Tick-Borne Illnesses

Rocky Mountain Spotted Fever

What is this Disease?

Rocky Mountain Spotted Fever is a potentially fatal infectious disease that is caused by Rickettsia rickettsii. It affects the cells in the lining of your blood vessels, which causes them to leak. This disease is transmitted to humans or animals by a tick bite and initial symptoms usually begin to appear 2 to 14 days after being bitten.The initial symptoms may include: fever, rash, headache, nausea and vomiting, abdominal pain, muscle pain, lack of appetite, and conjunctival injection (red eyes). This disease can be fatal depending on the severity and how quickly it is diagnosed and treated.

How is this Disease Diagnosed?

Diagnosing Rocky Mountain Spotted Fever is extremely difficult because initial symptoms may resemble more common infections. There is no test that can give a physician a conclusive confirmation on this disease so many physicians base their diagnosis on clinical suspicion. Laboratory test, such as a blood test, often don't give confirmation to the Rickettsia rickettsii bacterium in the blood unless it is in the advanced stage of the disease. Diagnostic tests for the disease often appear negative for the first 7 to 10 days because the body has not created enough antibodies to fight the invader yet. For these reasons, if the physician has the slightest suspicion that the patient has this disease, treatments will begin as soon as possible.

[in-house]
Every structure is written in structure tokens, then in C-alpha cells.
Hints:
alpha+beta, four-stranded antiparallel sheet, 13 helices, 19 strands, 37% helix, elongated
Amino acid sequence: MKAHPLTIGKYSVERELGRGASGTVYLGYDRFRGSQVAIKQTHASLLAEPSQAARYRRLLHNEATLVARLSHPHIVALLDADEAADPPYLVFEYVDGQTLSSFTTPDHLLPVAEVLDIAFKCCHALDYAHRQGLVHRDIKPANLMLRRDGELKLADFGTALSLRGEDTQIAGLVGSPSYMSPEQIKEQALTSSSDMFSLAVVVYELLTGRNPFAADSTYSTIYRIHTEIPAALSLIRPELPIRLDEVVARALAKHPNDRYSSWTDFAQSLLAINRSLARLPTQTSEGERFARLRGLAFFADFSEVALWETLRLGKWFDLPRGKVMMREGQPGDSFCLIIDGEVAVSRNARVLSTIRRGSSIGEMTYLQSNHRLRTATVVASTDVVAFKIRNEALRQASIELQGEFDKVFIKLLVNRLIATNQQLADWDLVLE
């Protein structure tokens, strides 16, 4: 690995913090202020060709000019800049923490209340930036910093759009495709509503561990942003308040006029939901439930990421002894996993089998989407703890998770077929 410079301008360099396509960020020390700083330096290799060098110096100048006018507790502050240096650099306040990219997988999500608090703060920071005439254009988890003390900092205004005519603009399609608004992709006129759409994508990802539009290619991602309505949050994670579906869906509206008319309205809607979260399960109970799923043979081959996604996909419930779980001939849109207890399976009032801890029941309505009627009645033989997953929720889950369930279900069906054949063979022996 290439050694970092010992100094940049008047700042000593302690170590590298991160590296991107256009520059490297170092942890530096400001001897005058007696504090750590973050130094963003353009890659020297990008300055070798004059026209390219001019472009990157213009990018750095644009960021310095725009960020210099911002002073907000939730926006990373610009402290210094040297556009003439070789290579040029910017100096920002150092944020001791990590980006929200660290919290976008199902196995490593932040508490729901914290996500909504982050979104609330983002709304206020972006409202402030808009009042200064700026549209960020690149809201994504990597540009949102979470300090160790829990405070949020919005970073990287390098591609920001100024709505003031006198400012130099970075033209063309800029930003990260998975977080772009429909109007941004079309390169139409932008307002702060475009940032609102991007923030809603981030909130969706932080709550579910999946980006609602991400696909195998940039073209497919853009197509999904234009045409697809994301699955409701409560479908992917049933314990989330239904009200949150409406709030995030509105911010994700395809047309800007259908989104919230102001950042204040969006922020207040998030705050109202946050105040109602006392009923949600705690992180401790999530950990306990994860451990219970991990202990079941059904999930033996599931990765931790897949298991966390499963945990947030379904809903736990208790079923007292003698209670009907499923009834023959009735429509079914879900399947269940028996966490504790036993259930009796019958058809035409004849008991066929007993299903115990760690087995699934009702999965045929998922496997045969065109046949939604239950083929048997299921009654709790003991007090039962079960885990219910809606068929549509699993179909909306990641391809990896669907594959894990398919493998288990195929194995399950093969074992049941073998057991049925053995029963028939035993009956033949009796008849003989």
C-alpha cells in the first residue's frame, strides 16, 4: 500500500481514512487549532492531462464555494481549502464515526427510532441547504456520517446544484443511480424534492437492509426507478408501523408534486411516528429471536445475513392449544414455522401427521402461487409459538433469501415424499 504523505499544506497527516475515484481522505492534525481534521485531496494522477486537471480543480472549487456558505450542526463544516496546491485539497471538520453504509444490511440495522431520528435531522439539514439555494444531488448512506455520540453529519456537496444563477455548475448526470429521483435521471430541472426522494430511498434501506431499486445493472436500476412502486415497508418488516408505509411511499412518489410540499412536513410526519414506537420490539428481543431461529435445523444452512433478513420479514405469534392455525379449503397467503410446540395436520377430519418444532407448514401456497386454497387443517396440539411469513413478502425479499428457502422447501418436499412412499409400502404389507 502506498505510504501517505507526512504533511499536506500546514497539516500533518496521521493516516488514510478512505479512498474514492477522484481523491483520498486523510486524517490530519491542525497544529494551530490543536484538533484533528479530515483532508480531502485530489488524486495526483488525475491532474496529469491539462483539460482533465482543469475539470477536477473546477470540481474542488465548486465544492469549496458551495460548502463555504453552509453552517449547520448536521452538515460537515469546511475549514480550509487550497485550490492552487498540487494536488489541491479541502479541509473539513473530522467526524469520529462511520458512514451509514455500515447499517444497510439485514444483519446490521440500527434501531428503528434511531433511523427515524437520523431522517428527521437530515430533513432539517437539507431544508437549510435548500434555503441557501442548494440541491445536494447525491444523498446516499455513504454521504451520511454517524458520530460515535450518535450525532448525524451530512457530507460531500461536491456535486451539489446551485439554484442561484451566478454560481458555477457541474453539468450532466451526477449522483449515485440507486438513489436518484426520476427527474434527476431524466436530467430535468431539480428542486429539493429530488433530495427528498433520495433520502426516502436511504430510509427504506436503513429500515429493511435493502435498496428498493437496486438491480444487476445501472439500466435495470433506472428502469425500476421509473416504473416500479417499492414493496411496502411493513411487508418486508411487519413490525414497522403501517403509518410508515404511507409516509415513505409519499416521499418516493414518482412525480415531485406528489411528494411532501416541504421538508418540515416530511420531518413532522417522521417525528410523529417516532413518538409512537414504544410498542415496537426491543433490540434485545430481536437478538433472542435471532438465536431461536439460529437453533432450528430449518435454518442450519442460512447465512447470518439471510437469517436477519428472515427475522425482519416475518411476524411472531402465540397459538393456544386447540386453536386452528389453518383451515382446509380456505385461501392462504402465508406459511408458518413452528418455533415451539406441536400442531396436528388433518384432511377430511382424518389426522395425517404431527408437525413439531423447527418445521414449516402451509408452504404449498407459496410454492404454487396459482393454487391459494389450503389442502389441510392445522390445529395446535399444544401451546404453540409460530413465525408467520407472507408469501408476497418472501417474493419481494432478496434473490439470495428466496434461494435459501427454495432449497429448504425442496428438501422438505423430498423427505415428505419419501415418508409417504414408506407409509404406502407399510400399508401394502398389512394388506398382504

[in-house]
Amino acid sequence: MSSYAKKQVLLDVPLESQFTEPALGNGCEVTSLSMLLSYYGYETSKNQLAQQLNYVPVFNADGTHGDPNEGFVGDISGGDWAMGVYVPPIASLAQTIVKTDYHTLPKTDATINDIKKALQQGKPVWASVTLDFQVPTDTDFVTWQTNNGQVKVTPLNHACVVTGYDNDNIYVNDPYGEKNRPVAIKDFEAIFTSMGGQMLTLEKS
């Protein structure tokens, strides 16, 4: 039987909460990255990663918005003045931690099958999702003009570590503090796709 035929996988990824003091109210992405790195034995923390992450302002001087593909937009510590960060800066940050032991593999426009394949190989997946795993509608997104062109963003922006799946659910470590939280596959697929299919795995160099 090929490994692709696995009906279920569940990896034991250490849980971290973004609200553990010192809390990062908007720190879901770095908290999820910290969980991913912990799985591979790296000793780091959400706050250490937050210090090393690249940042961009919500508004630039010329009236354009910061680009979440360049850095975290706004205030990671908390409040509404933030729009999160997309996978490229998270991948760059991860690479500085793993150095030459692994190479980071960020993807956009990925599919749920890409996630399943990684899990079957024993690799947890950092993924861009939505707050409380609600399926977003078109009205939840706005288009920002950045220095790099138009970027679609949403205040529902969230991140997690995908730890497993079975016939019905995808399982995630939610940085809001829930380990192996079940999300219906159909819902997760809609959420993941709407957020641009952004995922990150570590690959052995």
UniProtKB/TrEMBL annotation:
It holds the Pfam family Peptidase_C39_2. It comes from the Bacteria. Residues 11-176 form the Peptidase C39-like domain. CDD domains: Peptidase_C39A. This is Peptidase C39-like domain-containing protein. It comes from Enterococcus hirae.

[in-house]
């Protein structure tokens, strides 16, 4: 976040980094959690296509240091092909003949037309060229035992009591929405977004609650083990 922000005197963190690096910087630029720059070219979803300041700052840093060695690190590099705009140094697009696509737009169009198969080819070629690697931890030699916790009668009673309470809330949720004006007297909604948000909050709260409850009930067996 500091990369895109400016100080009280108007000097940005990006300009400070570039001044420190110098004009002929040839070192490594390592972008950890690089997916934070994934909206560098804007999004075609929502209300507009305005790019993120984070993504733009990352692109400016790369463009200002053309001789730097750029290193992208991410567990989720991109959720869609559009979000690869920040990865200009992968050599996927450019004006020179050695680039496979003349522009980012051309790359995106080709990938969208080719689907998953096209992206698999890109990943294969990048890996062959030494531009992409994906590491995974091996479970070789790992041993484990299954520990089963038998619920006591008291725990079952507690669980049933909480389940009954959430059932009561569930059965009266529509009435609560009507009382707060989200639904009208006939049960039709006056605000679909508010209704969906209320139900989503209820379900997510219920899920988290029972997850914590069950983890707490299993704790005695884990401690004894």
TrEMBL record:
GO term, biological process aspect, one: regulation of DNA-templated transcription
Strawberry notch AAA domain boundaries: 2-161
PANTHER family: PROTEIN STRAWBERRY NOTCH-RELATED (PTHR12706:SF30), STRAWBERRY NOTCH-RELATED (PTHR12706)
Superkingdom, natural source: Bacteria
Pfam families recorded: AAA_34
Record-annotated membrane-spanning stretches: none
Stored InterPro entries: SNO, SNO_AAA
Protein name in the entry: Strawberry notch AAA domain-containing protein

What is the Course of the Disease?

This disease is initiated by a bite from a tick infected with the Rickettsia rickettii bacterium. Symptoms often appear 2 to 14 days after the bite and progressively worsen if left untreated. As the bacteria multiplies in the blood there becomes a higher risk of death and symptoms are prevalent.

How is it Treated?

Since this disease is bacterial it can be treat with an antibiotic. Most cases are treated with doxycycline and is started within the first 5 days of symptoms. Usually fever lowers after the first 24 to72 hours of the antibiotic. However, in severe cases, patients may be hospitalized and receive intravenous fluids and other antibiotics. If treatment is not initiated within the first few days of symptoms; serious damage to vital internal organs, loss of circulation to extremities, neurological disorders, and death may occur.

Who is at Risk?

Humans and animals are susceptible to getting Rocky Mountain Spotted Fever. There is no way to prevent this disease except to stay away from extremely grassy areas. This disease is commonly found in the southeaster part of the United States, Canada, Mexico, Central America, and South America. There are over 1000 cases reported a year and 3% of those cases will ultimately end in death.